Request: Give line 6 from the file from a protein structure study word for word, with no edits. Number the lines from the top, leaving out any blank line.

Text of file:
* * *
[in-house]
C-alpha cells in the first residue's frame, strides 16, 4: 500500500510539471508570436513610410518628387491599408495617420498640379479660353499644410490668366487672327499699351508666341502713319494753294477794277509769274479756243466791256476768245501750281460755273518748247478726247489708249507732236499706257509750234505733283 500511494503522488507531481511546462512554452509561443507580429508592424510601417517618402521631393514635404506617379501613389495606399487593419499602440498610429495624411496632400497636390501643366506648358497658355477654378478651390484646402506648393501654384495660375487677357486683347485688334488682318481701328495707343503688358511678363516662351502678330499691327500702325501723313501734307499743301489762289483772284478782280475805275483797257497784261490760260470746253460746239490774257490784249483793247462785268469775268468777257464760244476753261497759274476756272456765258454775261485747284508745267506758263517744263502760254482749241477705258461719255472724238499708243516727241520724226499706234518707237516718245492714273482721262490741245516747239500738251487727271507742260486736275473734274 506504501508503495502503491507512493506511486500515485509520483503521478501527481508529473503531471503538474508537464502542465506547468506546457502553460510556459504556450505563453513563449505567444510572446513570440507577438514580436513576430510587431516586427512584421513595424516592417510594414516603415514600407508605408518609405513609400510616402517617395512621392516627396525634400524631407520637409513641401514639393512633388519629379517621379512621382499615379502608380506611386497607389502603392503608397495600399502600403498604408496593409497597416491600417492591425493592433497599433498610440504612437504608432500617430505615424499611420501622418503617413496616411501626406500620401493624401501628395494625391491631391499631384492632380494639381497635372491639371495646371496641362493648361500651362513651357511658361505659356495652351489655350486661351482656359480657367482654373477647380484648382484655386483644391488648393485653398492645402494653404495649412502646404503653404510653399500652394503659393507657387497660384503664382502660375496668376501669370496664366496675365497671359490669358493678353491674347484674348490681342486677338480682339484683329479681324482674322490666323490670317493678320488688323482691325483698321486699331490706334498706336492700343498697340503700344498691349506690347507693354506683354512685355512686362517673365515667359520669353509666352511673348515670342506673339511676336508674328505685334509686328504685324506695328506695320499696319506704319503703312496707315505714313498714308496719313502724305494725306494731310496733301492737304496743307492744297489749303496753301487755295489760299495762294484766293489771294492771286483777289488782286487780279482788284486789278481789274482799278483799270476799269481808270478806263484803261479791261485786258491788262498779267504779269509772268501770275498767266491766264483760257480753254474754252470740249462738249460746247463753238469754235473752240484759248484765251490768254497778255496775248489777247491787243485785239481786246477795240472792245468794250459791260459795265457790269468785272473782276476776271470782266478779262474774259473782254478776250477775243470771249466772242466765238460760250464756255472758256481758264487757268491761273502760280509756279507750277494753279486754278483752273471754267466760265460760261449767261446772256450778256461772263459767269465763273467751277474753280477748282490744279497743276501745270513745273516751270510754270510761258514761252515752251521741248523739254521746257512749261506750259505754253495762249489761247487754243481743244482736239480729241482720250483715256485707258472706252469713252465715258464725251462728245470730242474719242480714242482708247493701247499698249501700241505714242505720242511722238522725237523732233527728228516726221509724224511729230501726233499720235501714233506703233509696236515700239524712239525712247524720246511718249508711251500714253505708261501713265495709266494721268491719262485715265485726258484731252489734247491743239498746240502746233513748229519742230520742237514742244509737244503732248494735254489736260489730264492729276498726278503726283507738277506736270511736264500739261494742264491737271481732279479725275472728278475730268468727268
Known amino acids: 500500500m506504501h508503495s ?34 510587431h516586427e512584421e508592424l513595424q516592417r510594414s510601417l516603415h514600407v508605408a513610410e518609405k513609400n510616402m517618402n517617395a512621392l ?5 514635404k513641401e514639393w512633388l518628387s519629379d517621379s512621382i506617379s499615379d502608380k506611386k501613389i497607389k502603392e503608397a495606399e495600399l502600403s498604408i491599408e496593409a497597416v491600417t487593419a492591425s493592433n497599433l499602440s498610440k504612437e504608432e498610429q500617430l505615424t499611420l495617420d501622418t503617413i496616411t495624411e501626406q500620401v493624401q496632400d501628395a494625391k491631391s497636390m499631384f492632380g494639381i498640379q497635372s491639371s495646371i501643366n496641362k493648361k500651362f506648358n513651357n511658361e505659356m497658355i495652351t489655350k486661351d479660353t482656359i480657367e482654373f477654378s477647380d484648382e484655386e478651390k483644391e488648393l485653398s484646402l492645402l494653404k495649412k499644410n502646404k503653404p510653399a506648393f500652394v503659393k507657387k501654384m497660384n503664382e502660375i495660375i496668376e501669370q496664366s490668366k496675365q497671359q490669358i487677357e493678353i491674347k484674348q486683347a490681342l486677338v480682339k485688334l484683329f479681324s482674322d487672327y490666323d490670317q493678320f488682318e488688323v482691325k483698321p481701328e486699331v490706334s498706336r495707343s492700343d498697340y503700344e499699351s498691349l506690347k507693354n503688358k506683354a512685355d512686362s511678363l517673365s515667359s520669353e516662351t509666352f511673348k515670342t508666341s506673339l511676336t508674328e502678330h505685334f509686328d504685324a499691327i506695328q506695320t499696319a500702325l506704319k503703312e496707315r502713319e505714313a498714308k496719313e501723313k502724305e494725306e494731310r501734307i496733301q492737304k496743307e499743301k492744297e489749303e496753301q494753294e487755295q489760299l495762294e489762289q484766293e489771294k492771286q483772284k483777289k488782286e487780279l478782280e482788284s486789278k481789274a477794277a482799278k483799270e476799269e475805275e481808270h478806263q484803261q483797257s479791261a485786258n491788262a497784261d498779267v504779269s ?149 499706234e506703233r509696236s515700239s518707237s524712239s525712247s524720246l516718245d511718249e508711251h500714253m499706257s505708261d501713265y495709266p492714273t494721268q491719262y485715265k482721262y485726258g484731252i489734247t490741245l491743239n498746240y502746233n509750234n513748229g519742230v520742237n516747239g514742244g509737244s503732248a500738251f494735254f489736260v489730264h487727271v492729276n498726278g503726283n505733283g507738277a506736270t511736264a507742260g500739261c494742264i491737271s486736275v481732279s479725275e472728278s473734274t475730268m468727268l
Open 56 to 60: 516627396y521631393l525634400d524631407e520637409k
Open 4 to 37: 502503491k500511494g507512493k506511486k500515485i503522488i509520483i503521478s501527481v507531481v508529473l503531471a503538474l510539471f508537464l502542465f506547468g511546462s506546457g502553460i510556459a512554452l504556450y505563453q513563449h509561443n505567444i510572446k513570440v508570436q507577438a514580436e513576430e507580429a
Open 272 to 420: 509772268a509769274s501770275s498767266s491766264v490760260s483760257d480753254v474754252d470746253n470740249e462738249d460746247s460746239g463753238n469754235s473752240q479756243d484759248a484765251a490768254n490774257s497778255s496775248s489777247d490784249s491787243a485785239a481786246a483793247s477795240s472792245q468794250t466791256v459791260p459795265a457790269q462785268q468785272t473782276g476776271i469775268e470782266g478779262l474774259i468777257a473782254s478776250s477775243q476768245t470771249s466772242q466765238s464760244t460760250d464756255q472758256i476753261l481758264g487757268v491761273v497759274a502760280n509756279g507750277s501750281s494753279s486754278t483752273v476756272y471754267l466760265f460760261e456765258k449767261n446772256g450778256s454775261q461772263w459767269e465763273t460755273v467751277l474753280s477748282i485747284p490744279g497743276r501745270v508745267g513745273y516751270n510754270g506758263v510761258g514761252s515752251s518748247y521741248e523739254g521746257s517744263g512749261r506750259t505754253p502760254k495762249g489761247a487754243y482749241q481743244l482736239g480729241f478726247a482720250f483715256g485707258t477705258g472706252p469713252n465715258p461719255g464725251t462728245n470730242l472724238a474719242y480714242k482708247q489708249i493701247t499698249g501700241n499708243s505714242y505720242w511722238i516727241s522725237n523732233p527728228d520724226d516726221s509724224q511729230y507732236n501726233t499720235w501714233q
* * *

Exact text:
Open 272 to 420: 509772268a509769274s501770275s498767266s491766264v490760260s483760257d480753254v474754252d470746253n470740249e462738249d460746247s460746239g463753238n469754235s473752240q479756243d484759248a484765251a490768254n490774257s497778255s496775248s489777247d490784249s491787243a485785239a481786246a483793247s477795240s472792245q468794250t466791256v459791260p459795265a457790269q462785268q468785272t473782276g476776271i469775268e470782266g478779262l474774259i468777257a473782254s478776250s477775243q476768245t470771249s466772242q466765238s464760244t460760250d464756255q472758256i476753261l481758264g487757268v491761273v497759274a502760280n509756279g507750277s501750281s494753279s486754278t483752273v476756272y471754267l466760265f460760261e456765258k449767261n446772256g450778256s454775261q461772263w459767269e465763273t460755273v467751277l474753280s477748282i485747284p490744279g497743276r501745270v508745267g513745273y516751270n510754270g506758263v510761258g514761252s515752251s518748247y521741248e523739254g521746257s517744263g512749261r506750259t505754253p502760254k495762249g489761247a487754243y482749241q481743244l482736239g480729241f478726247a482720250f483715256g485707258t477705258g472706252p469713252n465715258p461719255g464725251t462728245n470730242l472724238a474719242y480714242k482708247q489708249i493701247t499698249g501700241n499708243s505714242y505720242w511722238i516727241s522725237n523732233p527728228d520724226d516726221s509724224q511729230y507732236n501726233t499720235w501714233q